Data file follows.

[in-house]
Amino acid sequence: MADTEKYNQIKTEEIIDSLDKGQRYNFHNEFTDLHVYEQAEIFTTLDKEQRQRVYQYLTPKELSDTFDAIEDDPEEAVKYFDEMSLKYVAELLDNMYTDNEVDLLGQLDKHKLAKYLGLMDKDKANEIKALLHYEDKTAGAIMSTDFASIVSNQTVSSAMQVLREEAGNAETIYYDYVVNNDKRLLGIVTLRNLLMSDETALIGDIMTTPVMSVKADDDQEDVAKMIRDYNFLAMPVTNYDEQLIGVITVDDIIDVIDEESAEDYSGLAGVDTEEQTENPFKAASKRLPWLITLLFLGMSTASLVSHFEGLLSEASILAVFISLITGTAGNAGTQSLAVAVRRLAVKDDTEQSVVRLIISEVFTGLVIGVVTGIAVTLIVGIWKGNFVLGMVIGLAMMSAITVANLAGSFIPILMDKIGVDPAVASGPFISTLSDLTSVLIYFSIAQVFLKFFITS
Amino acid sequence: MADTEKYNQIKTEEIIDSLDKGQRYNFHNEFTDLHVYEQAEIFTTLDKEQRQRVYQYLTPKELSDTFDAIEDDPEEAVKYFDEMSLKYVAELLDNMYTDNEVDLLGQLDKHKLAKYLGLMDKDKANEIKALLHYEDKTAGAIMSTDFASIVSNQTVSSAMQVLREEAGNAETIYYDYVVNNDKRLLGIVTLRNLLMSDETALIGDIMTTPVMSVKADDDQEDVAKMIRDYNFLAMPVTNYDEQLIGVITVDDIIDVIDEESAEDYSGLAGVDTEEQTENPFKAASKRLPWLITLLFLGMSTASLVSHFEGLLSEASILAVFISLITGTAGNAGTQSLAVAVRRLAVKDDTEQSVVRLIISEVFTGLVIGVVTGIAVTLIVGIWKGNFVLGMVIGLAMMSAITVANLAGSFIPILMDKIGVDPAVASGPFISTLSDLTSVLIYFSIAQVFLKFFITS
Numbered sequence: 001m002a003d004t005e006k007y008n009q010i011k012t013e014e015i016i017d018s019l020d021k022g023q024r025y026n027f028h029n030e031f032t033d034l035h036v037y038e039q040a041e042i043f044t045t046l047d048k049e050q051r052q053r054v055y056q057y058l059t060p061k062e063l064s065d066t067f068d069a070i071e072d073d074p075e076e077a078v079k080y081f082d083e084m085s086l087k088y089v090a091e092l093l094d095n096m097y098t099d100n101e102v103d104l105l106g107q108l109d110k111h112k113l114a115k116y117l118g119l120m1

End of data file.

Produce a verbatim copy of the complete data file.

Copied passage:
[in-house]
Amino acid sequence: MADTEKYNQIKTEEIIDSLDKGQRYNFHNEFTDLHVYEQAEIFTTLDKEQRQRVYQYLTPKELSDTFDAIEDDPEEAVKYFDEMSLKYVAELLDNMYTDNEVDLLGQLDKHKLAKYLGLMDKDKANEIKALLHYEDKTAGAIMSTDFASIVSNQTVSSAMQVLREEAGNAETIYYDYVVNNDKRLLGIVTLRNLLMSDETALIGDIMTTPVMSVKADDDQEDVAKMIRDYNFLAMPVTNYDEQLIGVITVDDIIDVIDEESAEDYSGLAGVDTEEQTENPFKAASKRLPWLITLLFLGMSTASLVSHFEGLLSEASILAVFISLITGTAGNAGTQSLAVAVRRLAVKDDTEQSVVRLIISEVFTGLVIGVVTGIAVTLIVGIWKGNFVLGMVIGLAMMSAITVANLAGSFIPILMDKIGVDPAVASGPFISTLSDLTSVLIYFSIAQVFLKFFITS
Amino acid sequence: MADTEKYNQIKTEEIIDSLDKGQRYNFHNEFTDLHVYEQAEIFTTLDKEQRQRVYQYLTPKELSDTFDAIEDDPEEAVKYFDEMSLKYVAELLDNMYTDNEVDLLGQLDKHKLAKYLGLMDKDKANEIKALLHYEDKTAGAIMSTDFASIVSNQTVSSAMQVLREEAGNAETIYYDYVVNNDKRLLGIVTLRNLLMSDETALIGDIMTTPVMSVKADDDQEDVAKMIRDYNFLAMPVTNYDEQLIGVITVDDIIDVIDEESAEDYSGLAGVDTEEQTENPFKAASKRLPWLITLLFLGMSTASLVSHFEGLLSEASILAVFISLITGTAGNAGTQSLAVAVRRLAVKDDTEQSVVRLIISEVFTGLVIGVVTGIAVTLIVGIWKGNFVLGMVIGLAMMSAITVANLAGSFIPILMDKIGVDPAVASGPFISTLSDLTSVLIYFSIAQVFLKFFITS
Numbered sequence: 001m002a003d004t005e006k007y008n009q010i011k012t013e014e015i016i017d018s019l020d021k022g023q024r025y026n027f028h029n030e031f032t033d034l035h036v037y038e039q040a041e042i043f044t045t046l047d048k049e050q051r052q053r054v055y056q057y058l059t060p061k062e063l064s065d066t067f068d069a070i071e072d073d074p075e076e077a078v079k080y081f082d083e084m085s086l087k088y089v090a091e092l093l094d095n096m097y098t099d100n101e102v103d104l105l106g107q108l109d110k111h112k113l114a115k116y117l118g119l120m1